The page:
True oregano (Origanum vulgare) produces foliage for use as a culinary herb. It thrives in U.S. Department of Agriculture plant hardiness zones 4 through 8, but you can grow it as an annual in almost any climate. Oregano grows well in cool climates and does not to well in the heat. Most varieties have small green leaves, although golden-leafed varieties are also available. Mexican oregano (Lippia graveolens) is similar to true oregano and has most of the same care requirements and uses.
Plant oregano outdoors in a well-drained garden area that receives six hours of sun, except for gold leaf varieties which require some afternoon shade. Grow potted oregano indoors in a window that receives all-day sun.
Water oregano plants when the soil begins to dry out, providing just enough water to moisten the top 5 inches of the soil. Don't water oregano during wet weather. Water potted oregano before the soil dries out completely and empty the collected water from the drip tray after each watering. Oregano prefers slightly dry soil.
Cut back the plants before they begin to flower. Remove up to one-half of the plant's height with shears. Use the leaves for cooking or dry them for later use.
Pinch off individual stems for kitchen use as needed throughout the growing season. Remove the outer stems, leaving the inner stems on the plant to continue growing.
Dig up perennial garden plants every two or three years in early spring. Tease apart the roots with your fingers, breaking the oregano plant into two. Replant each oregano section at the same depth it was growing at previously, spacing the plants approximately 12 inches apart. Repot potted plants into a pot 2 inches larger than the previous one every two or three years.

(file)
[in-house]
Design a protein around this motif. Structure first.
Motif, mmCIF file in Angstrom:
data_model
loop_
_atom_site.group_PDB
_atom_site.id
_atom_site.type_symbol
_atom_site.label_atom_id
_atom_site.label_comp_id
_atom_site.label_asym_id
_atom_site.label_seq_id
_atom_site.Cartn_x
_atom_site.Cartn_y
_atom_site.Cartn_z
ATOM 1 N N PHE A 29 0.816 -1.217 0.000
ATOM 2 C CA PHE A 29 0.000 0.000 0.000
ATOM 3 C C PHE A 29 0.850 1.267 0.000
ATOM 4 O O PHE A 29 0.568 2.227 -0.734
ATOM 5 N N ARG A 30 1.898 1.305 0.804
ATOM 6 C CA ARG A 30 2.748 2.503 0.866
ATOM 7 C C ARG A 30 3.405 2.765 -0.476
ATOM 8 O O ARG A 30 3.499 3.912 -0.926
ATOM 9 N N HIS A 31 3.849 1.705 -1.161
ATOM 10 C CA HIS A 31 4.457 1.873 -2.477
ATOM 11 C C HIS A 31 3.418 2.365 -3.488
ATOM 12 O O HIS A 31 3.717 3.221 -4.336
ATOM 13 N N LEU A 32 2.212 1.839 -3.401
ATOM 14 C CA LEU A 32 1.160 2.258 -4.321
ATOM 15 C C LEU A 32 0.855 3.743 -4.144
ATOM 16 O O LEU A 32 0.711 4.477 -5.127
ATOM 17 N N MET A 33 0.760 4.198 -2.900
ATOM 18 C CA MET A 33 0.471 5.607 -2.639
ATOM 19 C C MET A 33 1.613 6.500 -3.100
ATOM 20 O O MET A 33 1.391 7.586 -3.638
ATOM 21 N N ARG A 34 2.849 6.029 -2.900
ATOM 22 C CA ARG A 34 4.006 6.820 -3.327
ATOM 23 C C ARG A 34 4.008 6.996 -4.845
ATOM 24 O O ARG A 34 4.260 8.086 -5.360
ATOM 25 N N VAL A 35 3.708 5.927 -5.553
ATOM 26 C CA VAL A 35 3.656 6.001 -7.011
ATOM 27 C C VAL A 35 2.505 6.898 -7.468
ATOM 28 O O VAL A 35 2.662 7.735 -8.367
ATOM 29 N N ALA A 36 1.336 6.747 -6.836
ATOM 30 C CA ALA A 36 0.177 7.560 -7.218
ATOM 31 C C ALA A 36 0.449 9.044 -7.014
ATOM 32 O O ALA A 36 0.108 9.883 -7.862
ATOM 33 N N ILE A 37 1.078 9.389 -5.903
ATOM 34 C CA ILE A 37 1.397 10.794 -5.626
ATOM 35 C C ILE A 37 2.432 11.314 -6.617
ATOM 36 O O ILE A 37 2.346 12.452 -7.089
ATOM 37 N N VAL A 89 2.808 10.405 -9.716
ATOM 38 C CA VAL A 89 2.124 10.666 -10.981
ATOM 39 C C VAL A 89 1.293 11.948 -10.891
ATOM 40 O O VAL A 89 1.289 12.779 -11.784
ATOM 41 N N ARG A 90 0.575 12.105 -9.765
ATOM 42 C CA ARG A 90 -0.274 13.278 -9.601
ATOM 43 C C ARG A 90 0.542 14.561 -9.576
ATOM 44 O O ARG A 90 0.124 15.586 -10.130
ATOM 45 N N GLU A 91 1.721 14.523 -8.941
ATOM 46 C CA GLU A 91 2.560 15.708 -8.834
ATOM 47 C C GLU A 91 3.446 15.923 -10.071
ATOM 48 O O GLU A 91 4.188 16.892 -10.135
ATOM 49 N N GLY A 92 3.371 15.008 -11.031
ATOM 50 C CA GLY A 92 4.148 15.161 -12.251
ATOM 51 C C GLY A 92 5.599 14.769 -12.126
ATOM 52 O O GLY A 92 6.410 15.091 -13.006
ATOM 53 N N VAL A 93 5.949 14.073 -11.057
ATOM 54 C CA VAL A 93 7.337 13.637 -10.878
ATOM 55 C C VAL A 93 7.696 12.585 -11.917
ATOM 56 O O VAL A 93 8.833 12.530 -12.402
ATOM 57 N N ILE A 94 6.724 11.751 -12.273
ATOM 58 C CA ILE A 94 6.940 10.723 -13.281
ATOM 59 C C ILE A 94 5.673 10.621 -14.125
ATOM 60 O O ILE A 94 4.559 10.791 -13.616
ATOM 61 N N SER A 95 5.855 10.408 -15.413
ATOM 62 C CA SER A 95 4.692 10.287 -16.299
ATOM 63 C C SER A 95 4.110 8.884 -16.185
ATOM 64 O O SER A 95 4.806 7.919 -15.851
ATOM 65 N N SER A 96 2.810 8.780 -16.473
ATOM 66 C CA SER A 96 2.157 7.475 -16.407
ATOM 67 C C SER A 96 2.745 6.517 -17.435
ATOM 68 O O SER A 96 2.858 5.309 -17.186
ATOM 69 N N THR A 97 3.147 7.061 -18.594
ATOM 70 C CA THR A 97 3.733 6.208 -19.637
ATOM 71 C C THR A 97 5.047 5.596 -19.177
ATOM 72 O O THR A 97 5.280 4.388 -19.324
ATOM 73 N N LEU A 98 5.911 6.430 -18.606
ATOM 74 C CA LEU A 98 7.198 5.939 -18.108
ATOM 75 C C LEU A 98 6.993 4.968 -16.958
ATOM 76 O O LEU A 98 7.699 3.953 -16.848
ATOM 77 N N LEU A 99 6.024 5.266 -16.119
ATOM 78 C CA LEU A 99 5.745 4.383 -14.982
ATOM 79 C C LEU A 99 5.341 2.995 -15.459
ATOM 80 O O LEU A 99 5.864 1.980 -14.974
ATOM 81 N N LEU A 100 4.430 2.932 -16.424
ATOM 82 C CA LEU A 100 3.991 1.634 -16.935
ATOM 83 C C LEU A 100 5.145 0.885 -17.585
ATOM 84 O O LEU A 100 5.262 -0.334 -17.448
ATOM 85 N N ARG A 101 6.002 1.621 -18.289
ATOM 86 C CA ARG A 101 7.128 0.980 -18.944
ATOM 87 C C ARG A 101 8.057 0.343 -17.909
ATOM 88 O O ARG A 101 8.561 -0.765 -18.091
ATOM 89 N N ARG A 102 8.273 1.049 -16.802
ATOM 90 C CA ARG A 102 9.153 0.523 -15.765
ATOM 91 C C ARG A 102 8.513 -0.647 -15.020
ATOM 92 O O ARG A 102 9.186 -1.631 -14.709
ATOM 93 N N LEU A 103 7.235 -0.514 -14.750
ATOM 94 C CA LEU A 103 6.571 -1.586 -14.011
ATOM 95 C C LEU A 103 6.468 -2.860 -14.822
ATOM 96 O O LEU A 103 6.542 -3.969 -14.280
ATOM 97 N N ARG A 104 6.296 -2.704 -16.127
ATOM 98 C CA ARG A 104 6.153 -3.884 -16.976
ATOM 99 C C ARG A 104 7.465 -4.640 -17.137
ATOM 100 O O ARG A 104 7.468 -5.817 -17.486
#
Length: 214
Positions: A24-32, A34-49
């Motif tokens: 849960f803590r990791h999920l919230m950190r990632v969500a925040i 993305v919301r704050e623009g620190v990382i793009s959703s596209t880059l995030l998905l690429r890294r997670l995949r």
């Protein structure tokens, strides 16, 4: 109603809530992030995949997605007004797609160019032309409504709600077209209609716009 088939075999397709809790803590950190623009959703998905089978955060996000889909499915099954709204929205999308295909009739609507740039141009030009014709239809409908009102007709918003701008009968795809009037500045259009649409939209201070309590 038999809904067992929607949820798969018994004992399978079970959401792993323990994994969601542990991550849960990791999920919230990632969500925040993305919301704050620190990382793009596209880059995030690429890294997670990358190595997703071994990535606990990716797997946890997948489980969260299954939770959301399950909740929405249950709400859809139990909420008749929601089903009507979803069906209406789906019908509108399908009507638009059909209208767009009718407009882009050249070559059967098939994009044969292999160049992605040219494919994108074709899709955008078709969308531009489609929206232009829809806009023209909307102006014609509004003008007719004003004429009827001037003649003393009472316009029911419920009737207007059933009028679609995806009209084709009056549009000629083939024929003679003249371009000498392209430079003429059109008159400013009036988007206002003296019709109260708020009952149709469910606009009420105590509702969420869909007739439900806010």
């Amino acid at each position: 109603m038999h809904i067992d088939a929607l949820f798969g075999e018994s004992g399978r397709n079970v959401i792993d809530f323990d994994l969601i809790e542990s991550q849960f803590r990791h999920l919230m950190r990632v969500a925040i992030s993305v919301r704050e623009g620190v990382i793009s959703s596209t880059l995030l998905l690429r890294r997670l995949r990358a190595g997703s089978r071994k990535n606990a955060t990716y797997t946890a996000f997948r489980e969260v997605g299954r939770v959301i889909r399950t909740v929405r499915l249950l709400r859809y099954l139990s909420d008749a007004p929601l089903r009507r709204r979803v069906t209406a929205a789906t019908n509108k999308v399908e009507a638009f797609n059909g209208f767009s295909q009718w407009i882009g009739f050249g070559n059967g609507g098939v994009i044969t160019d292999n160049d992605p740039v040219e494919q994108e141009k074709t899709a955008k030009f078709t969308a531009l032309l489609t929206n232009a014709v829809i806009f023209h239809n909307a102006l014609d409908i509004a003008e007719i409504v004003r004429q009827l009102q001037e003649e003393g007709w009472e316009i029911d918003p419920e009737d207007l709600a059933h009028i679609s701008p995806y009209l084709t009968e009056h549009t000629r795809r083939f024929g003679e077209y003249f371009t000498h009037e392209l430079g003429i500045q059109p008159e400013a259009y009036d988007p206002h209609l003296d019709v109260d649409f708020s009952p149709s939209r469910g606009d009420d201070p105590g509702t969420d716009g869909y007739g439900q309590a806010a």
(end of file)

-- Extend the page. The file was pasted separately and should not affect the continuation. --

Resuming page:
Not a true oregano, but used as a seasoning in Mexican food an attractive shrub especially when pinched back early in its life clusters of white flowers all season great for the garden or shrub border
Mexican Oregano features showy clusters of fragrant white flowers at the ends of the branches from late spring to mid fall. It has attractive green foliage which emerges chartreuse in spring. The fragrant oval leaves are highly ornamental but do not develop any appreciable fall color. The fruit is not ornamentally significant.
This plant is primarily grown as an ornamental, but it's also valued for its edible qualities. The savory leaves are most often used in the following ways:
Mexican Oregano is a multi-stemmed deciduous woody herb with a more or less rounded form. Its average texture blends into the landscape, but can be balanced by one or two finer or coarser trees or shrubs for an effective composition.
This woody herb will require occasional maintenance and upkeep, and should only be pruned after flowering to avoid removing any of the current season's flowers. Deer don't particularly care for this plant and will usually leave it alone in favor of tastier treats. It has no significant negative characteristics.
Mexican Oregano is recommended for the following landscape applications
Mexican Oregano will grow to be about 6 feet tall at maturity, with a spread of 6 feet. It has a low canopy, and is suitable for planting under power lines. It grows at a medium rate, and under ideal conditions can be expected to live for approximately 20 years.
This woody herb does best in full sun to partial shade. It is very adaptable to both dry and moist growing conditions, but will not tolerate any standing water. It is not particular as to soil type or pH. It is somewhat tolerant of urban pollution. This species is not originally from North America.
Mexican Oregano makes a fine choice for the outdoor landscape, but it is also well-suited for use in outdoor pots and containers. Because of its height, it is often used as a 'thriller' in the 'spiller-thriller-filler' container combination plant it near the center of the pot, surrounded by smaller plants and those that spill over the edges. It is even sizeable enough that it can be grown alone in a suitable container. Note that when grown in a container, it may not perform exactly as indicated on the tag - this is to be expected. Also note that when growing plants in outdoor containers and baskets, they may require more frequent waterings than they would in the yard or garden.